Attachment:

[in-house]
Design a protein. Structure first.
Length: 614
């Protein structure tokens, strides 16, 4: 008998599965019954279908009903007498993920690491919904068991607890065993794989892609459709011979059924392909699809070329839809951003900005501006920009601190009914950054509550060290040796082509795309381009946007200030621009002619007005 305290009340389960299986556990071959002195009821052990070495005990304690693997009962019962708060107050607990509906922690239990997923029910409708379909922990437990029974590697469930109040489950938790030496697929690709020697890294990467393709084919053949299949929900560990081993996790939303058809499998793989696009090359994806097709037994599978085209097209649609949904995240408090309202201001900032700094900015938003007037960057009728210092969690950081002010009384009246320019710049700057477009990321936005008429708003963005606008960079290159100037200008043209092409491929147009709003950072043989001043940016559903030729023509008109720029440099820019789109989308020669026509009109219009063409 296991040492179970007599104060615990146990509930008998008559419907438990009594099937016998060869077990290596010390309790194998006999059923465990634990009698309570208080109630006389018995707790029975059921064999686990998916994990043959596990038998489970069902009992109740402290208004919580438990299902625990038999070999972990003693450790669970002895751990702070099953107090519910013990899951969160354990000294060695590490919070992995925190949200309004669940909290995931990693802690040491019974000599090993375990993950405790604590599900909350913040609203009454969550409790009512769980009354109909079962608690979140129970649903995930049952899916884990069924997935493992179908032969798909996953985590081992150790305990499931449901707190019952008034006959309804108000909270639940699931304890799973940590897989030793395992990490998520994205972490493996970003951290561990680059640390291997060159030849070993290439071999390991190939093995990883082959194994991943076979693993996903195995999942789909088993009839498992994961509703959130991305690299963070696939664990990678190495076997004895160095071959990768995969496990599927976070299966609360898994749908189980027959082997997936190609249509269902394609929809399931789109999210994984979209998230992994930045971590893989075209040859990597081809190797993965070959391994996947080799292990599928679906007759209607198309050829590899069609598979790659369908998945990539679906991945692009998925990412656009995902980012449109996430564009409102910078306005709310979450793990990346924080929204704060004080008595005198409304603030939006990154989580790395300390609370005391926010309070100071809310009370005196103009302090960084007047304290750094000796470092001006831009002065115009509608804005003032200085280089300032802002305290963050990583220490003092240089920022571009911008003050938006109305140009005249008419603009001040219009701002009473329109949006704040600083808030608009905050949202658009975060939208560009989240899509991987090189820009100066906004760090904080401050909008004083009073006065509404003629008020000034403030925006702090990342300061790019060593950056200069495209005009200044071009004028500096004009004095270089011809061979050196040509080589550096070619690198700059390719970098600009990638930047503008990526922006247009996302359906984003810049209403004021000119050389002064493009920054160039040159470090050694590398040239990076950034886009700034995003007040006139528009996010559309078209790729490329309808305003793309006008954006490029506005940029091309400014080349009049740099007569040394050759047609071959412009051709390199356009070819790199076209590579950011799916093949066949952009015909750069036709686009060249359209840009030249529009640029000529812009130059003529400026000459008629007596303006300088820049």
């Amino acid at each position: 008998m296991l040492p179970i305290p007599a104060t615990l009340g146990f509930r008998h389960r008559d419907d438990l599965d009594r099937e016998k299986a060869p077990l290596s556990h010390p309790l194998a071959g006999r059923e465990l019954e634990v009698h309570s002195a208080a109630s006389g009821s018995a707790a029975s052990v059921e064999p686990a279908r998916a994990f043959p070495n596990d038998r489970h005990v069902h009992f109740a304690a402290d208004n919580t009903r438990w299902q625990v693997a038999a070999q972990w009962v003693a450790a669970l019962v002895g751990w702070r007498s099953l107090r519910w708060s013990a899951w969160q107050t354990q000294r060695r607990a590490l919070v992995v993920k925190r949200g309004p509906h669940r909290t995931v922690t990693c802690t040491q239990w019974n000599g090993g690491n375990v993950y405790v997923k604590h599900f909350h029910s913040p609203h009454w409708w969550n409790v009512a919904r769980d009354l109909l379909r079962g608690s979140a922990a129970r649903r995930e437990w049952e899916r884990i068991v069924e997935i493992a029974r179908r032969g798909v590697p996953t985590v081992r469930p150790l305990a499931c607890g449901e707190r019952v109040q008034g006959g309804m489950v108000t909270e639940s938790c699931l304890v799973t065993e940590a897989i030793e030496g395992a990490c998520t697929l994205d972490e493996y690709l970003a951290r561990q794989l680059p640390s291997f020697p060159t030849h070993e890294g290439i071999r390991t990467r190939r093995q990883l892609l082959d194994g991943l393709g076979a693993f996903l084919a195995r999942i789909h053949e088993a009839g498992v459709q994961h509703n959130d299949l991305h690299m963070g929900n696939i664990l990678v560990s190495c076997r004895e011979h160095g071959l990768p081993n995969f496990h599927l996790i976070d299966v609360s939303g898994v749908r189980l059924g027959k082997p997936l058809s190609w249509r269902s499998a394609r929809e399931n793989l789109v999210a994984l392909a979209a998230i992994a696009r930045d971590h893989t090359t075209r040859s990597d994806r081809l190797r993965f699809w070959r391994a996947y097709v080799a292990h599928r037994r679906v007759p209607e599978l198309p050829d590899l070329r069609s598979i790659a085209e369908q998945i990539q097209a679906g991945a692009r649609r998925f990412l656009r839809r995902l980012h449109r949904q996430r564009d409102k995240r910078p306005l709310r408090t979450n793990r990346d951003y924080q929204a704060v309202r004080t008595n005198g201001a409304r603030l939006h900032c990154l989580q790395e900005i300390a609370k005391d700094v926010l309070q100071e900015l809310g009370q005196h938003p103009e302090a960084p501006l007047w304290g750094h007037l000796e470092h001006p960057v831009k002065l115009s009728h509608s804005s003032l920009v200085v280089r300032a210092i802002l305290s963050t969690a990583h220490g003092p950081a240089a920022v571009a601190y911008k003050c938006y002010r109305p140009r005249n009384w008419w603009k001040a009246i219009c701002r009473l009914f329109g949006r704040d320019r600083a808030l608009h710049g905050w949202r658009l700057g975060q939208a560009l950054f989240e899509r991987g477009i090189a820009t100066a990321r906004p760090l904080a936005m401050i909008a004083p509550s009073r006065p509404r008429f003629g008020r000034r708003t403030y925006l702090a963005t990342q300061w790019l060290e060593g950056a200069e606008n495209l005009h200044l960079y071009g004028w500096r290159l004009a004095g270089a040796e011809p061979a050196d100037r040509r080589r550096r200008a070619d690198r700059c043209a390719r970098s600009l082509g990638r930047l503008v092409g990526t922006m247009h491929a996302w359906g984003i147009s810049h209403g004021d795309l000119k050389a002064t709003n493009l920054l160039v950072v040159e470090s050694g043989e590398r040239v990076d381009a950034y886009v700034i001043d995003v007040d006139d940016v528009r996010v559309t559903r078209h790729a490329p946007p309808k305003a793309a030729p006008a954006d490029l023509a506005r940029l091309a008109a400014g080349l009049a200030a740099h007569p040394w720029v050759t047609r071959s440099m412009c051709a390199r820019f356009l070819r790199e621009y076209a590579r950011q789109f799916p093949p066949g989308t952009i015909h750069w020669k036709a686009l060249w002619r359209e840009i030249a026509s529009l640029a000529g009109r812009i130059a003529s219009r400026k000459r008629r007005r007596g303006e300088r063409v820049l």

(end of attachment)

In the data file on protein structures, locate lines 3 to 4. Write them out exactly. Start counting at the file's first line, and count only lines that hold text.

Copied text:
Length: 614
């Protein structure tokens, strides 16, 4: 008998599965019954279908009903007498993920690491919904068991607890065993794989892609459709011979059924392909699809070329839809951003900005501006920009601190009914950054509550060290040796082509795309381009946007200030621009002619007005 305290009340389960299986556990071959002195009821052990070495005990304690693997009962019962708060107050607990509906922690239990997923029910409708379909922990437990029974590697469930109040489950938790030496697929690709020697890294990467393709084919053949299949929900560990081993996790939303058809499998793989696009090359994806097709037994599978085209097209649609949904995240408090309202201001900032700094900015938003007037960057009728210092969690950081002010009384009246320019710049700057477009990321936005008429708003963005606008960079290159100037200008043209092409491929147009709003950072043989001043940016559903030729023509008109720029440099820019789109989308020669026509009109219009063409 296991040492179970007599104060615990146990509930008998008559419907438990009594099937016998060869077990290596010390309790194998006999059923465990634990009698309570208080109630006389018995707790029975059921064999686990998916994990043959596990038998489970069902009992109740402290208004919580438990299902625990038999070999972990003693450790669970002895751990702070099953107090519910013990899951969160354990000294060695590490919070992995925190949200309004669940909290995931990693802690040491019974000599090993375990993950405790604590599900909350913040609203009454969550409790009512769980009354109909079962608690979140129970649903995930049952899916884990069924997935493992179908032969798909996953985590081992150790305990499931449901707190019952008034006959309804108000909270639940699931304890799973940590897989030793395992990490998520994205972490493996970003951290561990680059640390291997060159030849070993290439071999390991190939093995990883082959194994991943076979693993996903195995999942789909088993009839498992994961509703959130991305690299963070696939664990990678190495076997004895160095071959990768995969496990599927976070299966609360898994749908189980027959082997997936190609249509269902394609929809399931789109999210994984979209998230992994930045971590893989075209040859990597081809190797993965070959391994996947080799292990599928679906007759209607198309050829590899069609598979790659369908998945990539679906991945692009998925990412656009995902980012449109996430564009409102910078306005709310979450793990990346924080929204704060004080008595005198409304603030939006990154989580790395300390609370005391926010309070100071809310009370005196103009302090960084007047304290750094000796470092001006831009002065115009509608804005003032200085280089300032802002305290963050990583220490003092240089920022571009911008003050938006109305140009005249008419603009001040219009701002009473329109949006704040600083808030608009905050949202658009975060939208560009989240899509991987090189820009100066906004760090904080401050909008004083009073006065509404003629008020000034403030925006702090990342300061790019060593950056200069495209005009200044071009004028500096004009004095270089011809061979050196040509080589550096070619690198700059390719970098600009990638930047503008990526922006247009996302359906984003810049209403004021000119050389002064493009920054160039040159470090050694590398040239990076950034886009700034995003007040006139528009996010559309078209790729490329309808305003793309006008954006490029506005940029091309400014080349009049740099007569040394050759047609071959412009051709390199356009070819790199076209590579950011799916093949066949952009015909750069036709686009060249359209840009030249529009640029000529812009130059003529400026000459008629007596303006300088820049």